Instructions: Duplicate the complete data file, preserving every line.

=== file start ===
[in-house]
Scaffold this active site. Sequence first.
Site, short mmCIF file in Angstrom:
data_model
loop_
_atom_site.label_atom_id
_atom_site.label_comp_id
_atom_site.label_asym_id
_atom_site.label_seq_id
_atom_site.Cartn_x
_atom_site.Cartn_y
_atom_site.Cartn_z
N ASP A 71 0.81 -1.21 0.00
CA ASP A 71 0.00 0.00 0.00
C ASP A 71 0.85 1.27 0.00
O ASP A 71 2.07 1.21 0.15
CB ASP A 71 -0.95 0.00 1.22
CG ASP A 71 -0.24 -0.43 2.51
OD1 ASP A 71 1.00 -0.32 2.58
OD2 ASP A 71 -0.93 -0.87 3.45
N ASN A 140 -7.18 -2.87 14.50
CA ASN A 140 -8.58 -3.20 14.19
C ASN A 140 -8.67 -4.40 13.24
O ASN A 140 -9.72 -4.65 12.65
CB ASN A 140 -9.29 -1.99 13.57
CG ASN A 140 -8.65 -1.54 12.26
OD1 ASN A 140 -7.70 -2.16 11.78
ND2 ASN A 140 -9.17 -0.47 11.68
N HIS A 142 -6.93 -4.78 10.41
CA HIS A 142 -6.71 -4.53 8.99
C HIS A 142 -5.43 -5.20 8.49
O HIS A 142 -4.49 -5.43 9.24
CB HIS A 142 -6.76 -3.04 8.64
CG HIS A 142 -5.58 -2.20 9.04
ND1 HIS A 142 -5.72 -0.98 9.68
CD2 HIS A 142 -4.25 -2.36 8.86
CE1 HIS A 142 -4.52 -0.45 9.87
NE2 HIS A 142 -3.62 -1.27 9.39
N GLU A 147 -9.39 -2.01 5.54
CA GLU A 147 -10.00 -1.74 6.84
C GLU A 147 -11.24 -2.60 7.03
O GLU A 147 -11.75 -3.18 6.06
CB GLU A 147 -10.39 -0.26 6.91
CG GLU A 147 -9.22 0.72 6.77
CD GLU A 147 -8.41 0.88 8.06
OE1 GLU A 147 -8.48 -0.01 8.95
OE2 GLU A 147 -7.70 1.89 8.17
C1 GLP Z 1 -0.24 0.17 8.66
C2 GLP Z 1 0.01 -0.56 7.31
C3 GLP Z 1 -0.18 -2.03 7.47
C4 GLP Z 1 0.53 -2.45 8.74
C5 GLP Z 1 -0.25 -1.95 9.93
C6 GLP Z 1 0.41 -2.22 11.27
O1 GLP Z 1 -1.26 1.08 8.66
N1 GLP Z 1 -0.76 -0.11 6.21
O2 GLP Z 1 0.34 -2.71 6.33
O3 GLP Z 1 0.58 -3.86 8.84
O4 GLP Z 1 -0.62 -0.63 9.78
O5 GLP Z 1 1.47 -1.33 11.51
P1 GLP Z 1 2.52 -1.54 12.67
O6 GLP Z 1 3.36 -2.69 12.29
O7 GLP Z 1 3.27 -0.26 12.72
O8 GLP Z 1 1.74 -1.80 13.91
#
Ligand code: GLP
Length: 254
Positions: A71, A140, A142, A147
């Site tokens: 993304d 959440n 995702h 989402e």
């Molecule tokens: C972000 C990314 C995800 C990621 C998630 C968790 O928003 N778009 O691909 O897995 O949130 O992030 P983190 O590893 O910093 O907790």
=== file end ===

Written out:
[in-house]
Scaffold this active site. Sequence first.
Site, short mmCIF file in Angstrom:
data_model
loop_
_atom_site.label_atom_id
_atom_site.label_comp_id
_atom_site.label_asym_id
_atom_site.label_seq_id
_atom_site.Cartn_x
_atom_site.Cartn_y
_atom_site.Cartn_z
N ASP A 71 0.81 -1.21 0.00
CA ASP A 71 0.00 0.00 0.00
C ASP A 71 0.85 1.27 0.00
O ASP A 71 2.07 1.21 0.15
CB ASP A 71 -0.95 0.00 1.22
CG ASP A 71 -0.24 -0.43 2.51
OD1 ASP A 71 1.00 -0.32 2.58
OD2 ASP A 71 -0.93 -0.87 3.45
N ASN A 140 -7.18 -2.87 14.50
CA ASN A 140 -8.58 -3.20 14.19
C ASN A 140 -8.67 -4.40 13.24
O ASN A 140 -9.72 -4.65 12.65
CB ASN A 140 -9.29 -1.99 13.57
CG ASN A 140 -8.65 -1.54 12.26
OD1 ASN A 140 -7.70 -2.16 11.78
ND2 ASN A 140 -9.17 -0.47 11.68
N HIS A 142 -6.93 -4.78 10.41
CA HIS A 142 -6.71 -4.53 8.99
C HIS A 142 -5.43 -5.20 8.49
O HIS A 142 -4.49 -5.43 9.24
CB HIS A 142 -6.76 -3.04 8.64
CG HIS A 142 -5.58 -2.20 9.04
ND1 HIS A 142 -5.72 -0.98 9.68
CD2 HIS A 142 -4.25 -2.36 8.86
CE1 HIS A 142 -4.52 -0.45 9.87
NE2 HIS A 142 -3.62 -1.27 9.39
N GLU A 147 -9.39 -2.01 5.54
CA GLU A 147 -10.00 -1.74 6.84
C GLU A 147 -11.24 -2.60 7.03
O GLU A 147 -11.75 -3.18 6.06
CB GLU A 147 -10.39 -0.26 6.91
CG GLU A 147 -9.22 0.72 6.77
CD GLU A 147 -8.41 0.88 8.06
OE1 GLU A 147 -8.48 -0.01 8.95
OE2 GLU A 147 -7.70 1.89 8.17
C1 GLP Z 1 -0.24 0.17 8.66
C2 GLP Z 1 0.01 -0.56 7.31
C3 GLP Z 1 -0.18 -2.03 7.47
C4 GLP Z 1 0.53 -2.45 8.74
C5 GLP Z 1 -0.25 -1.95 9.93
C6 GLP Z 1 0.41 -2.22 11.27
O1 GLP Z 1 -1.26 1.08 8.66
N1 GLP Z 1 -0.76 -0.11 6.21
O2 GLP Z 1 0.34 -2.71 6.33
O3 GLP Z 1 0.58 -3.86 8.84
O4 GLP Z 1 -0.62 -0.63 9.78
O5 GLP Z 1 1.47 -1.33 11.51
P1 GLP Z 1 2.52 -1.54 12.67
O6 GLP Z 1 3.36 -2.69 12.29
O7 GLP Z 1 3.27 -0.26 12.72
O8 GLP Z 1 1.74 -1.80 13.91
#
Ligand code: GLP
Length: 254
Positions: A71, A140, A142, A147
């Site tokens: 993304d 959440n 995702h 989402e």
């Molecule tokens: C972000 C990314 C995800 C990621 C998630 C968790 O928003 N778009 O691909 O897995 O949130 O992030 P983190 O590893 O910093 O907790």